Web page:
Five Must-Dos in Iceland

At the beginning of this month, we spent a wonderful week in Reykjavik Iceland. A vacation we’ve always been interested in taking, the off-season prices combined with an easy direct flight from Baltimore made December the perfect time to visit.

We arrived, bleary-eyed and jet lagged, at 5 a.m. local time. After a much-needed nap at our hostel, we hit the town in the afternoon. Reykjavik is an interesting city. Interspersed amongst the adorable brightly painted houses (that you see in all of the travel books and brochures) is a little bit of a run-down, dirty feeling. Abandoned lots, graffiti, and crumbling buildings were not an uncommon sight. Not to say we didn’t like the city—our love for New Orleans should show a little grime doesn’t bother us—but Reykjavik was just a bit rougher around the edges than we expected. It’s a case of remembering everything is not always as it appears on Instagram. dscn1797Throwing aside all expectations, Reykjavik was a beautifully unique city. You could be walking along a regular street, glance up, and realize that there are magnificent mountains just waiting to be gazed at. Read below to find out our five favorite activities in Iceland’s capital. dscn1876

Graffiti Gazing

 

Taking a leisurely stroll through pretty much any neighborhood in Reykjavik will provide views of  (undoubtedly) illegal graffiti and dozens and dozens of professional murals. It seemed like every neighborhood or section of the city had their own art thrown onto shops, houses, and government buildings. Set some time aside to just wander and you definitely won’t regret it.

Thufa Hill

dscn1904A hidden treasure in the city is Thufa Hill, which offers amazing views of Reykjavik and is a small adventure to get to. Tucked behind rows of shops and industrial factories, we had to use Google Maps to find this outdoor art installment. A spiral path of stepping stones leads to the top where a fishing shed and several stones sit. When we went, there wasn’t another soul in sight, giving us time to sit down and relax while soaking in views of Harpa concert hall and the bay. dscn1915

Sculpture & Shore Walkdscn1884

A popular path in Reykjavik, the Sculpture and Shore Walk is a lovely mix of natural and man-made beauties. Looking out over the ocean, the meandering pathway leads you by a collection of sculptures and famous landmarks. Along with taking in the view, it’s a great place to ‘people watch’ since a variety of tourists and locals alike frequent the area. Keep an eye out for natural hot springs areas where birds will hang out to stay warm.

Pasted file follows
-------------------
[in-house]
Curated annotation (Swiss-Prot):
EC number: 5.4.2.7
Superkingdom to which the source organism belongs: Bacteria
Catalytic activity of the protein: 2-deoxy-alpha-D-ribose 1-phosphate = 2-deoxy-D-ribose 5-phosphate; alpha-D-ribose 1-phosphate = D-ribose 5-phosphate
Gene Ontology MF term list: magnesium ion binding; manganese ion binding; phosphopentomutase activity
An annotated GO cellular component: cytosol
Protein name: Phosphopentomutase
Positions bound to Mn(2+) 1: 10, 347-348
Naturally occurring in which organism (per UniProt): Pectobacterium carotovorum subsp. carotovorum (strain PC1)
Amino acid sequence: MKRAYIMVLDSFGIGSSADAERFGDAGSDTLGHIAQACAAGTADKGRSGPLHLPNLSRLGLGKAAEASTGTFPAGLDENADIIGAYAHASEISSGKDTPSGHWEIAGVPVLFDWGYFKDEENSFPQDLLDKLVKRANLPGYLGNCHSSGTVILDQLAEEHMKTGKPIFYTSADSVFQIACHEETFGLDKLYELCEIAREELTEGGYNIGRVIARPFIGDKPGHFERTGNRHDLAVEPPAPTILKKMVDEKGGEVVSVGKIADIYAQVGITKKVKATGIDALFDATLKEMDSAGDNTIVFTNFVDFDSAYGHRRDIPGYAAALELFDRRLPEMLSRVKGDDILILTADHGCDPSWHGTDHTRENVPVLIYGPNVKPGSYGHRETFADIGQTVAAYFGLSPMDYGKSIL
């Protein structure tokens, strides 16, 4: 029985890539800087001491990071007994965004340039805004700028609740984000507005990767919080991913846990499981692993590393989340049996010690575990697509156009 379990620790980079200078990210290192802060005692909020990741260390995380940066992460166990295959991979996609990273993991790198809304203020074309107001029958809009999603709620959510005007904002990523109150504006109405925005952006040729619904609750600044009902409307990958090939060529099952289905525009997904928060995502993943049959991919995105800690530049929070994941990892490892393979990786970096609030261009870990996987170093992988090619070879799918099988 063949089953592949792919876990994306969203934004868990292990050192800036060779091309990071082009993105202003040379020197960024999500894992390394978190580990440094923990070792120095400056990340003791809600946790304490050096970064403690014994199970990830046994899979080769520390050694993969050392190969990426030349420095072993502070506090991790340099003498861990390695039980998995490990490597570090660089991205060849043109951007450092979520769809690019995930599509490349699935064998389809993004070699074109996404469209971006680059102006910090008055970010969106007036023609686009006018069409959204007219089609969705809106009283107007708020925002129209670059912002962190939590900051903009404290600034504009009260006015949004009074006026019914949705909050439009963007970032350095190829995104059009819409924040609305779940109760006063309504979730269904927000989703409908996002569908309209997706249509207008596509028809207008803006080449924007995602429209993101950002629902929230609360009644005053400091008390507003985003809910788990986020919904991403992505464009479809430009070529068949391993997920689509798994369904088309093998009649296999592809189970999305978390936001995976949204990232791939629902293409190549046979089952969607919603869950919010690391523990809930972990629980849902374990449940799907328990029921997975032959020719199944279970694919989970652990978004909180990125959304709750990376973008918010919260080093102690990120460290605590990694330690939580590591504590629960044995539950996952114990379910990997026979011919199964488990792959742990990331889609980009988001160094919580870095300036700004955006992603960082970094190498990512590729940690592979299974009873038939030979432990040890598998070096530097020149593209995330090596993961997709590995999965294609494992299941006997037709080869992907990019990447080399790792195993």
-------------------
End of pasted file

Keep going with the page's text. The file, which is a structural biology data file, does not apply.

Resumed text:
Day Tours

dscn1966Outside of Reykjavik you can truly get a glimpse at the amazing beauty of Iceland’s landscape. Instead of attempting to navigate the public transit ourselves, we used the Gray Line tour company to easily book a day-long Game of Thrones Tour. We saw a multitude of waterfalls, snow-topped mountains, and even an abandoned ‘Wildling’ village. Whether it’s by tour bus or rental car, everyone should take at least a day to get out in the wide open countryside. dscn1954img_1149

Snorkeling

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Who would’ve thought that a snorkeling adventure was an option in such a cold country? Scuba Iceland offers a Silfra Snorkeling package that can’t be beat. During this particular tour, you’ll spend about 40 minutes snorkeling through the crystal clear waters of the Silfra fissure, which is between the tectonic plates of North America and Eurasia. It’s a shockingly warm experience since you’ll be bundled up in thermal clothes and a dry suit. The package is reasonably priced in comparison to competitors and is incredibly easy to do since transportation and a friendly guide are provided. Don’t miss out on this unique opportunity!

For other suggestions of where to visit, and eat, in Iceland, read my Vegan’s Guide to Reykjavik.

Louisiana Renaissance Festival

Sorry for the lack of postings guys, I’ve had practically no free time to blog between work and school. But I’m three weeks away from freedom (aka graduation)!

Looking for a getaway, Peter and I, along with our roommate Connor, took a day trip to the Louisiana Renaissance Festival on Saturday.

Peter wore the chainmail he’s been working on for the last few months and I dressed up a mythical faun. DSCF6183Connor also wore a tabard and was rocking his Cthulhu hat. DSCF6187The festival was surprisingly large, with a sprawling map of vendors, performers, and events.DSCF6235We got there about noon but had waited to eat all day in anticipation for good festival food. We were not disappointed.

Connor got some beer cheese soup in a bread bowl.DSCF6190I was pleasantly surprised by there being a vendor that advertised having vegan food! Phil’s Mediterranean Grille had an item called vegan medley that could be served in a sandwich, on fries, or with hummus. They also had other vegetarian options like the black bean gypsy burger that Peter got.

The people running it were extremely friendly and hilarious to listen to. They were also very knowledgeable about what was vegan-friendly.DSCF6197I went with the Greek fries option (which were tender red potato fries with seasoning) and asked the server to top it with everything vegan, which I expected to be two or three things. Because of this mistake glorious accident I ended with a smorgasbord of toppings. DSCF6203Here is my monster of a meal (which I struggled to finish half of) with the toppings of black beans, curry rice pilaf, steamed vegetables, sauteed onions and peppers, and fresh tomatoes.